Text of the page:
A while back, concerned that county government agencies were spraying glyphosate to manage roadside weeds, I joined a Facebook page devoted to the topic. I also signed up on the Jackson County Vector Control “No Spray” list, assuming this to be the agency disseminating glyphosate. Recently, after reading some disturbing posts regarding Vector Control’s mosquito abatement policies, I spoke to the agency’s manager, Jim Lunders, who set me straight regarding misinformation that abounds online.
Jim, who has a bachelor’s degree in biology from Eastern Oregon University, knows his field well. He began working in mosquito abatement as a summer job while still in school. After college, he spent a year in Louisiana (“We treated more mosquitoes in one day down there, than in five years up here”), then took a managerial position in Baker City.
In 2012 he moved to Jackson County, where he oversees three full-time field workers and seven seasonal employees, all fully state-certified in pesticide application and public health. The agency is governed by the Vector Control District’s board (not the county commissioners) with additional oversight from Oregon departments of Agriculture, Fish and Wildlife and Health Authority.
Jim explains: “First of all, Vector Control does not spray glyphosate, or for that matter, any herbicide. Some other agency is doing that; not us.”
Vector Control is specifically set up to manage three disease-carrying animals: rats, ticks and mosquitoes.
“The whole reason I do this job is to protect people’s lives,” Jim says. “Mosquitoes can make you very sick.”
Oregon hosts 48 species of mosquitoes. The 12 species present in Jackson County fall into two general categories: adults that lay eggs directly into standing water (cattail swamps, creek diversions, etc.), and adults that lay eggs in areas that flood only occasionally (like hay fields). Eggs of the latter type can sit dormant in dry soil for years before being activated after a week in standing water. For both categories, an activated egg takes only a week in standing water to mature through larval stages into adulthood.
“Anything that holds water for seven days can produce mosquitoes,” Jim says. “So, anything readers can do to eliminate standing water will reduce mosquito populations around their homes.”
Actions like rinsing out bird baths weekly, covering the surface of rain barrels with a screen, and emptying any type of vessels (pots, buckets, old tires, even depressions in tree trunks).
Here’s the scary part: storm drains. In order to allow clean rain water to run down to the water treatment plant, storm drains are designed to filter leaves, etc. into lower containment areas. After the spring rains stop, these containment areas serve as perfect incubators for the species of mosquito that carries encephalitis and West Nile.
Various stages of the mosquito lifecycle call for specific forms of treatment. If a property owner has not eliminated a source of standing water, thus permitting mosquitoes to mature to adulthood, Jim’s team will deliver (upon request) a chemical spray to the area from a clearly marked agency truck (though not if the property is within 300 feet of a “No Spray” property).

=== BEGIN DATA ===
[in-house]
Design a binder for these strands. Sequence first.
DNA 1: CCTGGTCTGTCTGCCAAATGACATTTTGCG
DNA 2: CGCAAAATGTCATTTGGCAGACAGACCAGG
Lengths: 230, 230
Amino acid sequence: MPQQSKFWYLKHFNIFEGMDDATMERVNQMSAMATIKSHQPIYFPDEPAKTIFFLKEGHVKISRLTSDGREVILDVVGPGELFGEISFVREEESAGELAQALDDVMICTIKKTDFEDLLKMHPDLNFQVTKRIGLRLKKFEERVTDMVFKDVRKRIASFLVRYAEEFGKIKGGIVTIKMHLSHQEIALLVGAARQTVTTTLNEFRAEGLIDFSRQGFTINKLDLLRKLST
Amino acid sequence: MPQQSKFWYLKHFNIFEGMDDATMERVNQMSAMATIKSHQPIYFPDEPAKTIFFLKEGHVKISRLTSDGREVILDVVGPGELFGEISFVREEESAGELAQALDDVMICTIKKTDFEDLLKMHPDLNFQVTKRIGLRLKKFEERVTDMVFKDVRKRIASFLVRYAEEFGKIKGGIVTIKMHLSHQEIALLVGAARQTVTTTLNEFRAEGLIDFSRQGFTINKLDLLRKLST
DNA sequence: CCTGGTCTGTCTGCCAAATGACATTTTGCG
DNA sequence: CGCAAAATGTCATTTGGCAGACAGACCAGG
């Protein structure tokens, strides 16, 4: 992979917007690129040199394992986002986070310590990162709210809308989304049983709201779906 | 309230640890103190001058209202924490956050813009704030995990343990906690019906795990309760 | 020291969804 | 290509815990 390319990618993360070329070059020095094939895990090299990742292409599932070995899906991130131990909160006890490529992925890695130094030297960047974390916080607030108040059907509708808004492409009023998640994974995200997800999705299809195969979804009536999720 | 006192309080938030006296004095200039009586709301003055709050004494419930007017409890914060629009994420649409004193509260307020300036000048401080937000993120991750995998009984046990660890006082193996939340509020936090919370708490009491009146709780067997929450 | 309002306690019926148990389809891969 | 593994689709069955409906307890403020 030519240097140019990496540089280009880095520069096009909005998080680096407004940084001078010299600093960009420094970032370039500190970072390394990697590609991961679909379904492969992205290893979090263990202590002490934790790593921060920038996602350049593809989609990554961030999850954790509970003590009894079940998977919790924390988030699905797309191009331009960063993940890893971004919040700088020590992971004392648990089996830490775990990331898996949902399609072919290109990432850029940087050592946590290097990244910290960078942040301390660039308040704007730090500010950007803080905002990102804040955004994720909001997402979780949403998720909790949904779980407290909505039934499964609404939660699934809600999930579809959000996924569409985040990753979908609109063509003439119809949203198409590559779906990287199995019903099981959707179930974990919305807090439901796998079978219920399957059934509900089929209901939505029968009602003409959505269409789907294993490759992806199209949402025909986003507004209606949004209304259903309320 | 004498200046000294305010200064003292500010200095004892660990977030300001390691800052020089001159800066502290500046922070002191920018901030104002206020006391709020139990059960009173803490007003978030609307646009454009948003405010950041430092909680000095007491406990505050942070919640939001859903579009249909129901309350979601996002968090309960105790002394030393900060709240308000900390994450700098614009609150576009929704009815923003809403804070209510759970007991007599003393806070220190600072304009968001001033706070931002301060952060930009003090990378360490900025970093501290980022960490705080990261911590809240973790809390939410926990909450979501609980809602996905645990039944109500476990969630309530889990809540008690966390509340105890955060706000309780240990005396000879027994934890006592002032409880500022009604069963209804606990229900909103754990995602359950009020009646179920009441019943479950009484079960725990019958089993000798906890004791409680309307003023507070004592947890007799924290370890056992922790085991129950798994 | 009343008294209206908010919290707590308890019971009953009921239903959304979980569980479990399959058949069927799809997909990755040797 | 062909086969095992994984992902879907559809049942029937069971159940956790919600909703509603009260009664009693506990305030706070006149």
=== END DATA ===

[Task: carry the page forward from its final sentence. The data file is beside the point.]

Preferring to prophylactically treat mosquitoes in the larval stage, Vector Control field workers more commonly walk around wearing back packs, while disseminating small chemical pellets into standing bodies of water, or dropping briquettes down rain gutter grates. Jim emphasizes his employees do not treat any bodies of running water, as mosquitoes do not breed in running water.
Jim is well aware of the community controversy regarding possible long-term health effects of chemical pesticides. He points out that Vector Control does use some products that are certified as organic, but cautions that some organic insecticides are actually more toxic to humans than their synthetic alternatives. He explains that the aerosol spray used on adult mosquitoes is highly unstable, and breaks down in a matter of hours when exposed to sun — though it takes longer to disintegrate when rinsed off into the soil. (see: http://jcvcd.org/us/products-used).
Jim welcomes worried readers to forward him any empirical studies with hard scientific data they run across (firstname.lastname@example.org). He promises to assess studies for their scientific merit, and respond accordingly.
Concerned readers can also sign up for the “No Spray” list (http://jcvcd.org/no-spray). Readers are additionally encouraged to bring used automobile (not truck) tires to the Vector Control facility (555 Mosquito Lane, Central Point, 541-826-2199). The next collection drive is Aug. 16-18 (http://jcvcd.org/2018/05/free-tire-disposal-event).
A further request is that readers do not post unverified, alarmist statements online. If readers think they are witnessing any Vector Control employees participating in inappropriate action, Jim encourages them to document it, and send photos to the Oregon Department of Agriculture (https://www.oregon.gov/ODA/programs/Pesticides/Pages/PesticideComplaints.aspx) which will investigate the matter further.
Ashland resident, author and anthropologist Nina Egert has been a lay environmentalist since the early 1970s.